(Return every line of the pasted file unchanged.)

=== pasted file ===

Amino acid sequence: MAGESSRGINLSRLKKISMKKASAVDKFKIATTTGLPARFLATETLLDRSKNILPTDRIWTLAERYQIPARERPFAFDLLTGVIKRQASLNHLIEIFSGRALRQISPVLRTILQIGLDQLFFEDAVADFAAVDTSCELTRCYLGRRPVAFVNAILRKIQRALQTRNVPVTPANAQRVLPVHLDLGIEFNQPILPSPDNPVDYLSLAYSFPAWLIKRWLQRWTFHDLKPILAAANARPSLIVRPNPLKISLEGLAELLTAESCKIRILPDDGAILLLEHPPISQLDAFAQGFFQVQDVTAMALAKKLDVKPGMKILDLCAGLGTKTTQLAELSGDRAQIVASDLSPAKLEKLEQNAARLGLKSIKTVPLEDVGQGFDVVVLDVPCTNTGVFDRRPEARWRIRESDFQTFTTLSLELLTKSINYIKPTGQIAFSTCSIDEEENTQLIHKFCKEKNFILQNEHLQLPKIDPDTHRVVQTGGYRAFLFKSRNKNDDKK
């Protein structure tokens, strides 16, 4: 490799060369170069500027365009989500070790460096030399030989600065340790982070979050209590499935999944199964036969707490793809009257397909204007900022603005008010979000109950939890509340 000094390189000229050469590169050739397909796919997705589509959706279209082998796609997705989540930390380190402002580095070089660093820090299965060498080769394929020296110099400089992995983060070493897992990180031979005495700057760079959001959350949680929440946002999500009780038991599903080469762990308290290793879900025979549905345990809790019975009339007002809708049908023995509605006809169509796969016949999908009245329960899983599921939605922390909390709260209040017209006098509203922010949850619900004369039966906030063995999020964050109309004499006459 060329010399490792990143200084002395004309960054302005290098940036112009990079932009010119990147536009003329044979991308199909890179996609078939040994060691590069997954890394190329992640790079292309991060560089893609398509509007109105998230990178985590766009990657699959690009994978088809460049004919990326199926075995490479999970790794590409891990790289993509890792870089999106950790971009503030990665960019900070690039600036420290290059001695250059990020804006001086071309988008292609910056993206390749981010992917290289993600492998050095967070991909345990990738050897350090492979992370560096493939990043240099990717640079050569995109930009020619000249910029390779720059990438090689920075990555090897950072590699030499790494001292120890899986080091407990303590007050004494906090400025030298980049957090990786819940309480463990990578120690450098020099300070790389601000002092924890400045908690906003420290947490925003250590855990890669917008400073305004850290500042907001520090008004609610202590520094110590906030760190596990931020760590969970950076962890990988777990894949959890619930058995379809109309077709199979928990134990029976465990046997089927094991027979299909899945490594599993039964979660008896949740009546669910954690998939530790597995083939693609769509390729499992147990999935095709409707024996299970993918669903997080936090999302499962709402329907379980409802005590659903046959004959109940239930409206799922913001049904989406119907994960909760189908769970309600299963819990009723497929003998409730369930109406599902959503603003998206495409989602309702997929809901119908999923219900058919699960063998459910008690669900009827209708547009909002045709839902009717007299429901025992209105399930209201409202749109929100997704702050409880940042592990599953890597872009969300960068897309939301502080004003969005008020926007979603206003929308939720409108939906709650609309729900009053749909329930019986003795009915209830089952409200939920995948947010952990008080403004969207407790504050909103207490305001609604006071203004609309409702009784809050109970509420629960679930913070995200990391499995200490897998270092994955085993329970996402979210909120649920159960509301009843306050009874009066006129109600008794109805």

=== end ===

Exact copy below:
Amino acid sequence: MAGESSRGINLSRLKKISMKKASAVDKFKIATTTGLPARFLATETLLDRSKNILPTDRIWTLAERYQIPARERPFAFDLLTGVIKRQASLNHLIEIFSGRALRQISPVLRTILQIGLDQLFFEDAVADFAAVDTSCELTRCYLGRRPVAFVNAILRKIQRALQTRNVPVTPANAQRVLPVHLDLGIEFNQPILPSPDNPVDYLSLAYSFPAWLIKRWLQRWTFHDLKPILAAANARPSLIVRPNPLKISLEGLAELLTAESCKIRILPDDGAILLLEHPPISQLDAFAQGFFQVQDVTAMALAKKLDVKPGMKILDLCAGLGTKTTQLAELSGDRAQIVASDLSPAKLEKLEQNAARLGLKSIKTVPLEDVGQGFDVVVLDVPCTNTGVFDRRPEARWRIRESDFQTFTTLSLELLTKSINYIKPTGQIAFSTCSIDEEENTQLIHKFCKEKNFILQNEHLQLPKIDPDTHRVVQTGGYRAFLFKSRNKNDDKK
């Protein structure tokens, strides 16, 4: 490799060369170069500027365009989500070790460096030399030989600065340790982070979050209590499935999944199964036969707490793809009257397909204007900022603005008010979000109950939890509340 000094390189000229050469590169050739397909796919997705589509959706279209082998796609997705989540930390380190402002580095070089660093820090299965060498080769394929020296110099400089992995983060070493897992990180031979005495700057760079959001959350949680929440946002999500009780038991599903080469762990308290290793879900025979549905345990809790019975009339007002809708049908023995509605006809169509796969016949999908009245329960899983599921939605922390909390709260209040017209006098509203922010949850619900004369039966906030063995999020964050109309004499006459 060329010399490792990143200084002395004309960054302005290098940036112009990079932009010119990147536009003329044979991308199909890179996609078939040994060691590069997954890394190329992640790079292309991060560089893609398509509007109105998230990178985590766009990657699959690009994978088809460049004919990326199926075995490479999970790794590409891990790289993509890792870089999106950790971009503030990665960019900070690039600036420290290059001695250059990020804006001086071309988008292609910056993206390749981010992917290289993600492998050095967070991909345990990738050897350090492979992370560096493939990043240099990717640079050569995109930009020619000249910029390779720059990438090689920075990555090897950072590699030499790494001292120890899986080091407990303590007050004494906090400025030298980049957090990786819940309480463990990578120690450098020099300070790389601000002092924890400045908690906003420290947490925003250590855990890669917008400073305004850290500042907001520090008004609610202590520094110590906030760190596990931020760590969970950076962890990988777990894949959890619930058995379809109309077709199979928990134990029976465990046997089927094991027979299909899945490594599993039964979660008896949740009546669910954690998939530790597995083939693609769509390729499992147990999935095709409707024996299970993918669903997080936090999302499962709402329907379980409802005590659903046959004959109940239930409206799922913001049904989406119907994960909760189908769970309600299963819990009723497929003998409730369930109406599902959503603003998206495409989602309702997929809901119908999923219900058919699960063998459910008690669900009827209708547009909002045709839902009717007299429901025992209105399930209201409202749109929100997704702050409880940042592990599953890597872009969300960068897309939301502080004003969005008020926007979603206003929308939720409108939906709650609309729900009053749909329930019986003795009915209830089952409200939920995948947010952990008080403004969207407790504050909103207490305001609604006071203004609309409702009784809050109970509420629960679930913070995200990391499995200490897998270092994955085993329970996402979210909120649920159960509301009843306050009874009066006129109600008794109805």